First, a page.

Every hobby or industry sports a unique vernacular. The world of craft beer is no exception. We have previously discussed words like, “hoppy, lager, ale and bittering,” and acronyms such as, “IPA or ABU.” This month let’s explore the world of beer containers. I hope that the discussion adds some new words to your personal vocabulary. Let’s learn about growlers and crowlers, kegs, casks and firkins.

Historically, beer was stored in oak casks in the 16th century. At that time homemade blown-glass bottles with wired corks were also used. The problem with these glass bottles was explosion due to buildup of CO2 during the secondary fermentation. It would be another century before the strength of glass bottles was perfected.

The beer casks were initially dependent on gravity to “draw” the beer. Thus, the traditional terms of draught and draft, referring to beer from a tapped keg. In the late 1700s, Englishman John Bramah, invented a “beer engine” that allowed barkeeps to leave the beer barrels in a cellar and pump the beer up to the taps.

Today, beer is processed into aluminum kegs. There is a distinct difference between a beer from a keg and a cask-conditioned beer. Keg beer is filtered and carbonated with CO2 before kegging and is then pushed out with a CO2 tap system. Recently, Nitrogen is sometimes used to push through the tap system. You will most commonly see the term Nitro with the maltier, dark beers such as a Stout or Porter. In a simple chemistry-free explanation, Nitrogen keeps the bubbles smaller, giving the beer drinker a smoother and creamier experience.

In contrast, cask-conditioned beer is not filtered or carbonated. The beer develops its carbonation in an organic process in the cask without added CO2. It should be noted that the drinking experience of a cask-conditioned beer will be quite different. Typically, it is not cold, and it will be less fizzy.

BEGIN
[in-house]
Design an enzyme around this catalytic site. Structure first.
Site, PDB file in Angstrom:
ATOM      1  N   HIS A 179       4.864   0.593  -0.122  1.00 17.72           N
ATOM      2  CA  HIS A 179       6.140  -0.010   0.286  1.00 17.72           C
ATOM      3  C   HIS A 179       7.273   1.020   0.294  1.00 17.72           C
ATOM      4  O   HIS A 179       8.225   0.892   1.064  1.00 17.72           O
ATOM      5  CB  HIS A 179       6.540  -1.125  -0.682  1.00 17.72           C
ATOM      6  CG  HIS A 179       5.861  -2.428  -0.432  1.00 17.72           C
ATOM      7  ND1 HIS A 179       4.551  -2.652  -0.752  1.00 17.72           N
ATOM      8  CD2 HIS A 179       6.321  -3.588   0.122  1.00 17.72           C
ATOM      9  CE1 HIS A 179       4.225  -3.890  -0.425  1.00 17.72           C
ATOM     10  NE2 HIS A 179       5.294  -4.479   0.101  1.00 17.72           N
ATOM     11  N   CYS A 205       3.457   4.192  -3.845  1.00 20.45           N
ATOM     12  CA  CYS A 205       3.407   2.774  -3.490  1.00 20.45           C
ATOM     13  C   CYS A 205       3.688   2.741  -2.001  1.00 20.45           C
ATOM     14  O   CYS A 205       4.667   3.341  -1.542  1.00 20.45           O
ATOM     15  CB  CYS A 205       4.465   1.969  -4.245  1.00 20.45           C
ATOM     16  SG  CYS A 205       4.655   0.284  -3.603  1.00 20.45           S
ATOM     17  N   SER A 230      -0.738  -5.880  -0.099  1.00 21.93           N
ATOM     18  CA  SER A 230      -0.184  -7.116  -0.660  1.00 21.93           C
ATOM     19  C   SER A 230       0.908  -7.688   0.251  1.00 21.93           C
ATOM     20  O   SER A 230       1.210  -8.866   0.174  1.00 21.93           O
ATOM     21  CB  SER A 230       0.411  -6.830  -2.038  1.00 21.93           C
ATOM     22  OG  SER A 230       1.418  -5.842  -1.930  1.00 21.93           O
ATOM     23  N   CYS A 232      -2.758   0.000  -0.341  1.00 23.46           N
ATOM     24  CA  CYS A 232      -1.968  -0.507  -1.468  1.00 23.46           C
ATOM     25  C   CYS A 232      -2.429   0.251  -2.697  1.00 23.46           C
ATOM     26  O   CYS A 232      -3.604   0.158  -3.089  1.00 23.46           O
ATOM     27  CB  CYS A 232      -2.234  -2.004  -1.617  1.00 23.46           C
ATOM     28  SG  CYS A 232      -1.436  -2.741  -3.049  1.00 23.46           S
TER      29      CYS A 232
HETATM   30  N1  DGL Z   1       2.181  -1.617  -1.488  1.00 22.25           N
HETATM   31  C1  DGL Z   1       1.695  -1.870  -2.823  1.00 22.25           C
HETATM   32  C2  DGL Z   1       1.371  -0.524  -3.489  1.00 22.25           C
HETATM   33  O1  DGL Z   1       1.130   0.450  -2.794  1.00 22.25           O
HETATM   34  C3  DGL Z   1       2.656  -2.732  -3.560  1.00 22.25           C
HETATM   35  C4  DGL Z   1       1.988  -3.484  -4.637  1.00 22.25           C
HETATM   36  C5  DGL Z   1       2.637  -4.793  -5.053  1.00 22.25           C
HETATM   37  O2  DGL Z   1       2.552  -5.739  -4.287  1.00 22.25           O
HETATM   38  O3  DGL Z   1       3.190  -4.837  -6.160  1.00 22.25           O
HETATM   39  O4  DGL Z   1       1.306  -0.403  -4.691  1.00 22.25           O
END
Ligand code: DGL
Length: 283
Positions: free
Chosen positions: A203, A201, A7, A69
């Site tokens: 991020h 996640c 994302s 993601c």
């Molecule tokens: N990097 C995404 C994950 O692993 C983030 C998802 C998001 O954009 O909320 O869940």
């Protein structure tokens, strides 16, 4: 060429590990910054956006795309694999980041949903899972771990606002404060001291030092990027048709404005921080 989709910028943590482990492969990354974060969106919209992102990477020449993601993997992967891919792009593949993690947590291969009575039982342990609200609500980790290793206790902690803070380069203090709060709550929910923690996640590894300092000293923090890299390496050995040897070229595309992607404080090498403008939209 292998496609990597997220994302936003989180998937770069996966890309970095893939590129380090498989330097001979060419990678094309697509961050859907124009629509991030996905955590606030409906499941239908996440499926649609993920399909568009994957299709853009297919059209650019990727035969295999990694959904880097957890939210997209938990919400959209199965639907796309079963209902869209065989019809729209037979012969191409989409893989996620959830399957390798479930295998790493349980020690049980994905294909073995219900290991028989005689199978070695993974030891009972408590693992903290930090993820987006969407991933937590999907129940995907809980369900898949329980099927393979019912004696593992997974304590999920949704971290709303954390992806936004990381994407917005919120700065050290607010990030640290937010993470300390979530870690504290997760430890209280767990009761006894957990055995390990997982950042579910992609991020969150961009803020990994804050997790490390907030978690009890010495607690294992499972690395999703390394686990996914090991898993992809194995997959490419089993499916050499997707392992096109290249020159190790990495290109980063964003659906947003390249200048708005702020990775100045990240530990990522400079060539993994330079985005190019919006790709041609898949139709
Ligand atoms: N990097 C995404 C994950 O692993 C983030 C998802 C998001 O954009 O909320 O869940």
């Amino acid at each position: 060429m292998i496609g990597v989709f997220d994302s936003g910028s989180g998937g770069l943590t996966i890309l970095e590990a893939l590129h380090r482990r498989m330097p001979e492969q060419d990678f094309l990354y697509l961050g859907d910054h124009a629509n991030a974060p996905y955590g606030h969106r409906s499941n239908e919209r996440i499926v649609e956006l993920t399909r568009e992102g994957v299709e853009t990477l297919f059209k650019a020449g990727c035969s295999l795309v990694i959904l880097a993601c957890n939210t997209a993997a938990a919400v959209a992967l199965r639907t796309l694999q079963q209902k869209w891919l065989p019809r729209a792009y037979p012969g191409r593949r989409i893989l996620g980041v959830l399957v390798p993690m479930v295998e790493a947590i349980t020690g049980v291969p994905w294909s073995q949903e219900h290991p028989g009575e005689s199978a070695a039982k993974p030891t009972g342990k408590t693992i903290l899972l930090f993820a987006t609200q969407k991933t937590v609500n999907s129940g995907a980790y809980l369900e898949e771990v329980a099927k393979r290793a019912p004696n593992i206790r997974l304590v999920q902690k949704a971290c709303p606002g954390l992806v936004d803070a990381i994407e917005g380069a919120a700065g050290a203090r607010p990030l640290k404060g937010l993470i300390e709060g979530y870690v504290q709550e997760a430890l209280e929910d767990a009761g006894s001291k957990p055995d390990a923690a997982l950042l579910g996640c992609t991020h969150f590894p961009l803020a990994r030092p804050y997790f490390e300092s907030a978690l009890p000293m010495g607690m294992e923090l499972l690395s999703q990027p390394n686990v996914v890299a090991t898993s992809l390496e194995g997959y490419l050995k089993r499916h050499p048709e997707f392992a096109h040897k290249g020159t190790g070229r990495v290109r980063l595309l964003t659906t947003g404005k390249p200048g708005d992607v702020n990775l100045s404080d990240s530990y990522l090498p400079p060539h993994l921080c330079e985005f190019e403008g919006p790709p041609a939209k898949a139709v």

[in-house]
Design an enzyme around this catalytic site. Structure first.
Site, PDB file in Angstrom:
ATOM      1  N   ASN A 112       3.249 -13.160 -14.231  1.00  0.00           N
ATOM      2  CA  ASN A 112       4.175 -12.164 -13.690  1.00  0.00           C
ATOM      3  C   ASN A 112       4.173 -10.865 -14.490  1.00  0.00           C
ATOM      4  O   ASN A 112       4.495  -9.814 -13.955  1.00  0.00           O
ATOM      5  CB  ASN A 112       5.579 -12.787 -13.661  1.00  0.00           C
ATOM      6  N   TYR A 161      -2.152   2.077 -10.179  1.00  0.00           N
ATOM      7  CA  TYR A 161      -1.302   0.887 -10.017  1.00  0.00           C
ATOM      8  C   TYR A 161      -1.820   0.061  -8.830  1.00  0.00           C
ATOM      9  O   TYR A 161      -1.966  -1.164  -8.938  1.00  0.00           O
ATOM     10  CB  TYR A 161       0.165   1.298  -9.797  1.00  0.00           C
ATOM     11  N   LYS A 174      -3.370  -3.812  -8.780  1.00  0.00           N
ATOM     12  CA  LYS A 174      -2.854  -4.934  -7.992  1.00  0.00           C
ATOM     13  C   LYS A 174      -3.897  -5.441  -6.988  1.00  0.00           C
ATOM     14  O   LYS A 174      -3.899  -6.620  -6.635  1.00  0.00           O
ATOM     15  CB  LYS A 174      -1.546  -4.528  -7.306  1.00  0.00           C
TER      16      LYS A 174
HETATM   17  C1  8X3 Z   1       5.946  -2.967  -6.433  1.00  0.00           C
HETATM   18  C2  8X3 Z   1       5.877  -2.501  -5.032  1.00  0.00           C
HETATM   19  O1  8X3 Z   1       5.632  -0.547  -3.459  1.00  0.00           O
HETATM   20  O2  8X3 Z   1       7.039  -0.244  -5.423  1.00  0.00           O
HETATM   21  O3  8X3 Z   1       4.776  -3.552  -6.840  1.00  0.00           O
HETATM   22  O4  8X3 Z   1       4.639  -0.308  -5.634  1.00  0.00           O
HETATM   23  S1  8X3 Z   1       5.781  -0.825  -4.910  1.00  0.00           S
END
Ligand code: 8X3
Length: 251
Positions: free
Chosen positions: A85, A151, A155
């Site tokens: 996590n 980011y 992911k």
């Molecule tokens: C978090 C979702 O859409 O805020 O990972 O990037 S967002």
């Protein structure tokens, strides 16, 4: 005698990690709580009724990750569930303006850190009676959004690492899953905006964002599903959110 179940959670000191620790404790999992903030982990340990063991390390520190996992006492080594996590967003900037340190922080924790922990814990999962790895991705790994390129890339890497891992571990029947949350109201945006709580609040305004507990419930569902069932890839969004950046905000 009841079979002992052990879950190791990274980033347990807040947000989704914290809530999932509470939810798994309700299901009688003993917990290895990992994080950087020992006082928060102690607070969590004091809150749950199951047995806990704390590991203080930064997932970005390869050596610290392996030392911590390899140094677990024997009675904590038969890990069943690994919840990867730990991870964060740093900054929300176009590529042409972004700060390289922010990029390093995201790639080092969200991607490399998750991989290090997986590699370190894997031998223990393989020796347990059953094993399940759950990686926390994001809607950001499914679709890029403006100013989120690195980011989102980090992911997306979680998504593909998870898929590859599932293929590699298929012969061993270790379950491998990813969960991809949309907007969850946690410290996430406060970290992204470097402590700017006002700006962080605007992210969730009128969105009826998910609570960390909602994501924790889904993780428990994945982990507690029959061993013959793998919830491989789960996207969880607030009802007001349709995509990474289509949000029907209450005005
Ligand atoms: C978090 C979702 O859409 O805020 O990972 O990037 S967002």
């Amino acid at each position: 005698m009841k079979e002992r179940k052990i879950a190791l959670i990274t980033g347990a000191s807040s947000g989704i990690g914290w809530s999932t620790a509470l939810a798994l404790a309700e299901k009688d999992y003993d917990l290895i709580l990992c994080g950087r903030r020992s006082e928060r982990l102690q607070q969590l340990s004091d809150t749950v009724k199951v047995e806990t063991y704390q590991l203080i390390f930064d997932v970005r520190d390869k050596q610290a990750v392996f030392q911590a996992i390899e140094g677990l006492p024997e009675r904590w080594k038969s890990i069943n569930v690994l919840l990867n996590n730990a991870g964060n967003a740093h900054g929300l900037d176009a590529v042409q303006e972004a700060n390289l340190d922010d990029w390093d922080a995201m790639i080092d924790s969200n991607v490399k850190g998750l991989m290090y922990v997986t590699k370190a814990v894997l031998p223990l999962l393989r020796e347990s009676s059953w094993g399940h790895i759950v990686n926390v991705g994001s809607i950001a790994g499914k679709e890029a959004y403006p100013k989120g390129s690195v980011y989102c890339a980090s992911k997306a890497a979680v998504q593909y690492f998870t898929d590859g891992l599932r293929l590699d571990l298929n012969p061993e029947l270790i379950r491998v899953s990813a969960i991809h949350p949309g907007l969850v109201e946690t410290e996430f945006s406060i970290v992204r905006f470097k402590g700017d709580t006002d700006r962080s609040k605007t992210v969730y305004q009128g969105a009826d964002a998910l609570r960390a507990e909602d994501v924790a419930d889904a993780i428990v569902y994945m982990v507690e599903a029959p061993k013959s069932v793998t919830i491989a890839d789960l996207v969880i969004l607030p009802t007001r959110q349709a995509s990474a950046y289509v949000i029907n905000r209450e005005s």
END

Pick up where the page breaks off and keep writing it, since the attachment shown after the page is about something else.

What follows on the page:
One additional note about casks, is the modern day use of “Firkins.” A firkin is a term derived from the Middle Dutch word, “vierdekijn,” that meant fourth. In America, it is a quarter barrel, or 10.8 gallons. However, in many craft breweries the Firkin is more than just a volume reference. Firkins are used to create small batches of experimental brews. The firkins have a short shelf-life after tapping. So, if your local watering-hole is tapping a firkin, get down there right away. It means you will have a limited opportunity (time and volume) to try a one-of-a-kind beer.

I want to touch on the terms Growler and Crowler. A Growler is essentially a beer jug. While jugs have been around forever, the Growler is a modern American brewpub phenomenon. Breweries fill reusable jugs with fresh beer from their taps. A Growler is usually a half gallon, but the volume seems to be quite variable. Growler beer is also intended to be drank within 24-48 hours.

Finally, let’s talk about Crowlers. A Crowler is can + growler. It is a 32-ounce aluminum can of fresh beer. The difference between a Growler and Crowler is that, unfortunately, the Crowler is a one-time use. This leads me to a whole other discussion. That is the raging battle of beer in bottles versus cans. We will have to shelf that topic for next month. Perhaps you should go out and do some research about whether you like your beer better from a bottle or a can.

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